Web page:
The telecommunications industry has begun firming up plans to upgrade from 4G to 5G cellular networks, citing the automotive industry as an important beneficiary. Tier 1s are beginning to incorporate this fifth-generation wireless technology into their plans to enhance safety as they push towards autonomous driving.
Deploying 5G into the market by around 2020 was a focus at the recent Mobile World Congress, with connected vehicles playing a large role in show's telecom-industry announcements. LG Electronics and Intel teamed up to bring 5G technologies to the vehicle. Ericsson and Geely Auto partnered around connected-car services, saying they will gradually introduce 5G-based autonomous-driving functionality.
Interest in the 5G upgrade is global. The European Commission and the 5G Public-Private Partnership, a consortium formed in 2013, highlighted ways that 5G could improve vehicle safety. The eventual transition to 5G will alter the role of connectivity.
“In the past, faster cellular technologies were perceived as the harbingers for increased infotainment,” said Rob Gee, Telematics Systems Engineering Manager at Continental Automotive. “With the rising installation rates of ADAS (Advanced Driver Assistance Systems), we anticipate the next generations of cellular to be increasingly used to improve highly automated driving systems and to improve vehicular safety.”
Can V2V and 5G coexist?
Upgrading to 5G cellular technology is appealing because it will significantly increase bandwidth while slashing latency. The latter is a critical factor for safety, since quick responses are mandatory. Suppliers are gearing up to ensure that automakers can adapt quickly once 5G materializes.
“Visteon is investing in in-car technology, known as a wireless gateway, which will enable automakers to quickly transition to 5G without having to tear up the vehicle architecture,” said Martin Green, Telematics and Connected Car Technology Manager at Visteon. “We are already incorporating some of the intermediate technologies between 4G and 5G, specifically LTE-Vehicle.”
Market watchers note that once telecom suppliers finish trials, they can incorporate new technologies fairly quickly. The transition from 4G to 5G could be shorter than the shift from 3G to today’s 4G connections.
“Companies can enhance 4G to 5G comparatively easily,” said Ramnath Eswaravadivoo, Frost & Sullivan’s Mobility Senior Research Analyst. “The costs won’t be nearly as high as they were going to 4G. A couple more towers can make it work.”
However, he noted that in the U.S., adding towers won’t be nearly as easy as in small countries like South Korea, which he said may be a leader in the 5G rollout. If the U.S. rollout begins around 2020, it may coincide with the advent of vehicle-to-vehicle/infrastructure (V2X) communications. The industry has developed V2X standards using dedicated short-range communications (DSRC) as an enabler for automated and autonomous driving.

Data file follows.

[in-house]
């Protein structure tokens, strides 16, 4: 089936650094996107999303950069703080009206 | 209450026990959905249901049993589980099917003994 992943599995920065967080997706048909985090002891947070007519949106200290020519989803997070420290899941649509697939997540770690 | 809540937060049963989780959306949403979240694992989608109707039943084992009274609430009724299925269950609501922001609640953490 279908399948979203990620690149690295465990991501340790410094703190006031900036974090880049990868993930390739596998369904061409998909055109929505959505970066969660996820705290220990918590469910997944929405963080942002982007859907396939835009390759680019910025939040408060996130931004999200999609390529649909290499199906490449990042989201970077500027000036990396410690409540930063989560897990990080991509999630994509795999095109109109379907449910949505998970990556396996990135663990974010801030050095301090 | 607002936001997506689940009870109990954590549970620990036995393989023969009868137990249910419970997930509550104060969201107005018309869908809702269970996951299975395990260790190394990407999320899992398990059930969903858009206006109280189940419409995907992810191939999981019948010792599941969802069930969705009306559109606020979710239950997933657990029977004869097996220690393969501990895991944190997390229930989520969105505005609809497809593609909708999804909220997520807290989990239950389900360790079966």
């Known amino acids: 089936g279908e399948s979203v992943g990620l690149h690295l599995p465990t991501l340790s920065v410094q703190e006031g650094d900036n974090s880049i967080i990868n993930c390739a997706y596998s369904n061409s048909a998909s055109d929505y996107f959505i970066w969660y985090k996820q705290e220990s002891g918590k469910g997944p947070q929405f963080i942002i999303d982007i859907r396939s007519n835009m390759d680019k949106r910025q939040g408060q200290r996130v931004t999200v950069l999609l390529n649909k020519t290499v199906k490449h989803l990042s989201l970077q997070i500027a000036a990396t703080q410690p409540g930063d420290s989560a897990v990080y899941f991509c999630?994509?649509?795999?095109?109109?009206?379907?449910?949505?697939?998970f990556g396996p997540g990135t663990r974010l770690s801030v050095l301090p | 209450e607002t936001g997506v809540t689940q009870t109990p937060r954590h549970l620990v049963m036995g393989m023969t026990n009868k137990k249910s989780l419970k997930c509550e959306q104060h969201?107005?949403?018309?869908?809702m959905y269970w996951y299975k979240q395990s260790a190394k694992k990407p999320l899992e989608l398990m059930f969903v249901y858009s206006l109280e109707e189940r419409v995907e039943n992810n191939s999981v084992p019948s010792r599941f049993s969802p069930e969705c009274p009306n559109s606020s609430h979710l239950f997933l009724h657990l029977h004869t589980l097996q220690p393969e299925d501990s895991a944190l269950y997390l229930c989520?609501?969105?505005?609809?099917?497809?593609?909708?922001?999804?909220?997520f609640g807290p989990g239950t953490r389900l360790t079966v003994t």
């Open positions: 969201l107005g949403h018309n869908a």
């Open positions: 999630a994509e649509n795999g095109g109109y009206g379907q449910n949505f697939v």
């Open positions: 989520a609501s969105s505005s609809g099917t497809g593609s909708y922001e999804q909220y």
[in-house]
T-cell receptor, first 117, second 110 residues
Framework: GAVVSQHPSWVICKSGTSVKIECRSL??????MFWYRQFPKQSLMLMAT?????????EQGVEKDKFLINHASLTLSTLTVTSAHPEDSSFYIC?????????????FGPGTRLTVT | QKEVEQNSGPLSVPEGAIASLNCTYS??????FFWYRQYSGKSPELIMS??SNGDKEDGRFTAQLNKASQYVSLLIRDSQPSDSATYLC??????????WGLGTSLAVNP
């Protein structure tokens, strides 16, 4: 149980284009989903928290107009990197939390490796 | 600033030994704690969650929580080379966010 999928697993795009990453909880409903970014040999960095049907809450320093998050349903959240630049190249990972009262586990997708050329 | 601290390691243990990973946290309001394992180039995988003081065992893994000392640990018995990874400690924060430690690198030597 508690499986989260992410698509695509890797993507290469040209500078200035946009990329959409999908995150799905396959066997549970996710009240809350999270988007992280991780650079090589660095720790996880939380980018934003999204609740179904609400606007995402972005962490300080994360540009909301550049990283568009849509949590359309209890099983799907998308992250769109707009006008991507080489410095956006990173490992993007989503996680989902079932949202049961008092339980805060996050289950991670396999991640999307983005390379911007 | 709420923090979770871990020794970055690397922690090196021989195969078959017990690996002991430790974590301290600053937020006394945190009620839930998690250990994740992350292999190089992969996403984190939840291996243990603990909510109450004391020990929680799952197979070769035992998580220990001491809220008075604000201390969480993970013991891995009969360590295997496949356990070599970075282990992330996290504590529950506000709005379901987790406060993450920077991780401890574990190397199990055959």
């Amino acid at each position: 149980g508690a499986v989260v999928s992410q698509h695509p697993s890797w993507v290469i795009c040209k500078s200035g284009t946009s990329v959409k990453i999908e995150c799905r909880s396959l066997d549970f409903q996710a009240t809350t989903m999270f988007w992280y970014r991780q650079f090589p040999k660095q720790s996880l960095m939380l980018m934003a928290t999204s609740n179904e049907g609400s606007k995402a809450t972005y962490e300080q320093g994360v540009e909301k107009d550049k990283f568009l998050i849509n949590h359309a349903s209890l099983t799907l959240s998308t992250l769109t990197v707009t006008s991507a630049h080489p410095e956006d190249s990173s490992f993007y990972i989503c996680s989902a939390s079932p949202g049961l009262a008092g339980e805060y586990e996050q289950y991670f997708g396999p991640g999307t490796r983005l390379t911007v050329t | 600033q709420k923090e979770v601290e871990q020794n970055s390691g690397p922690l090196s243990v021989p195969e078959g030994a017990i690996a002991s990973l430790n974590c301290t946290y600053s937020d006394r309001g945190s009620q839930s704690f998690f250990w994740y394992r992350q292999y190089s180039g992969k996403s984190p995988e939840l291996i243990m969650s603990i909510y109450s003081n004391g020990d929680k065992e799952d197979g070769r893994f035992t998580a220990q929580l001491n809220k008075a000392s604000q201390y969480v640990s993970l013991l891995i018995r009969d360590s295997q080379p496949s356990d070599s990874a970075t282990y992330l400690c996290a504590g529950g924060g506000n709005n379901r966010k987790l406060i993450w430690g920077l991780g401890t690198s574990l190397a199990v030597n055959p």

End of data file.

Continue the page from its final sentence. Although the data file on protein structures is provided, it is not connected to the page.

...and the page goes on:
“Companies working towards autonomous driving need V2V capabilities,” said Hans Roth, Director of Business Development at Harman. Harman recently teamed up with NXP Semiconductors to develop V2X technologies.
That raises questions about how V2V and 5G will co-exist and compete. Many believe there’s a spot for both. V2X studies have been going on for years, so it’s viewed as the more mature option.
“5G can definitely do some of the things that V2X can do, but current V2X systems have been in the field for years,” said Maurice Geraets, Senior Director Business Development Automotive at NXP. “5G is still looking at doing its first tests next year.”
The competition aspect of the V2X-5G matchup may occur on the infrastructure side. Vehicle-to-infrastructure links such as roadside stations may require investment by cash-strapped traffic management agencies, so those functions may drift to 5G, leveraging the investment of cellular providers.
“Cellular solutions such as LTE-V, which is on a roadmap to 5G, can partially reduce the infrastructure cost, especially in cars,” Green said. “However, like V2X, the business-case issue of installing service on a roadside in the middle of nowhere remains. A purely car-based V2V solution, whether it is 5G or DSRC, can only be effective when there is sufficient population density."
He noted that this can only be driven by "a mandated approach around international standards to ensure inter-operability.”
Safety and security issues
Regulatory mandates for V2X systems are expected, and many observers feel they’re necessary to get companies to spend money creating systems that only work if other vehicles have compatible links. Spending on 5G will occur as providers ramp up consumer products that may work with automotive systems.
“Less-complex systems, such as 5G-enabled home door locks or home lighting-control modules, could be developed quickly and independently from the automotive realm and could greatly expand the number of features that are wirelessly compatible with 5G-equipped vehicles,” Gee said. “This would allow such fast-moving consumer technologies to be available for automotive use, allowing OEMs to select the most appropriate products to interface with their vehicles."
More complex projects, such as an incident tracking and reporting system, would still take time due to complexity and its safety-related nature, Gee explained.
The focus on safety also highlights the need for security, which has become a critical issue as connectivity opens doors for hackers. When cars take action based on these communications, already high security concerns are ratcheted up.
“With V2X, there will be even higher needs for secure communications,” Roth said. “All the information goes to vehicle electronics so the system can make the right decisions for action. If your car receives a message that causes it to brake, you must be sure that message is authentic.”